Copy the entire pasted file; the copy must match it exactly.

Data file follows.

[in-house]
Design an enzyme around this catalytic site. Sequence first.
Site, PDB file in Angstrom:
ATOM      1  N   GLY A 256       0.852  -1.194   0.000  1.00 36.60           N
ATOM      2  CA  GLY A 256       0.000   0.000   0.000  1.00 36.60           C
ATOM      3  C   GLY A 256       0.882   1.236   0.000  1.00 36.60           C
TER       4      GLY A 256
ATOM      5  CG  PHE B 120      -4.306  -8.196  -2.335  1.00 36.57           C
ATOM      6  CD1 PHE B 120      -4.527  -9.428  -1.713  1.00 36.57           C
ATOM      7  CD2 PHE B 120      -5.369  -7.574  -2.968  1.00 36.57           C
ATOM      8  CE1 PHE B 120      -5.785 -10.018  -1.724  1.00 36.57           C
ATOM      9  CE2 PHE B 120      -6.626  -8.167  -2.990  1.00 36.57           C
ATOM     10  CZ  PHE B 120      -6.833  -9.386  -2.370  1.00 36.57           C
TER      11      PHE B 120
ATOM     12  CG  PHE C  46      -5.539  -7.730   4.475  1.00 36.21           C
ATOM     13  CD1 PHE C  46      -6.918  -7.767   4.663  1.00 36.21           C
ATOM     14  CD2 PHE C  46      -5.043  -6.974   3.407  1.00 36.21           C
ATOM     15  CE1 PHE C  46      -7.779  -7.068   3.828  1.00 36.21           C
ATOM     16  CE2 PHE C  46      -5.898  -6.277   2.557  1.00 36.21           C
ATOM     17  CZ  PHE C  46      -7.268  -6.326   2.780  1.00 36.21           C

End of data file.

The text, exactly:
[in-house]
Design an enzyme around this catalytic site. Sequence first.
Site, PDB file in Angstrom:
ATOM      1  N   GLY A 256       0.852  -1.194   0.000  1.00 36.60           N
ATOM      2  CA  GLY A 256       0.000   0.000   0.000  1.00 36.60           C
ATOM      3  C   GLY A 256       0.882   1.236   0.000  1.00 36.60           C
TER       4      GLY A 256
ATOM      5  CG  PHE B 120      -4.306  -8.196  -2.335  1.00 36.57           C
ATOM      6  CD1 PHE B 120      -4.527  -9.428  -1.713  1.00 36.57           C
ATOM      7  CD2 PHE B 120      -5.369  -7.574  -2.968  1.00 36.57           C
ATOM      8  CE1 PHE B 120      -5.785 -10.018  -1.724  1.00 36.57           C
ATOM      9  CE2 PHE B 120      -6.626  -8.167  -2.990  1.00 36.57           C
ATOM     10  CZ  PHE B 120      -6.833  -9.386  -2.370  1.00 36.57           C
TER      11      PHE B 120
ATOM     12  CG  PHE C  46      -5.539  -7.730   4.475  1.00 36.21           C
ATOM     13  CD1 PHE C  46      -6.918  -7.767   4.663  1.00 36.21           C
ATOM     14  CD2 PHE C  46      -5.043  -6.974   3.407  1.00 36.21           C
ATOM     15  CE1 PHE C  46      -7.779  -7.068   3.828  1.00 36.21           C
ATOM     16  CE2 PHE C  46      -5.898  -6.277   2.557  1.00 36.21           C
ATOM     17  CZ  PHE C  46      -7.268  -6.326   2.780  1.00 36.21           C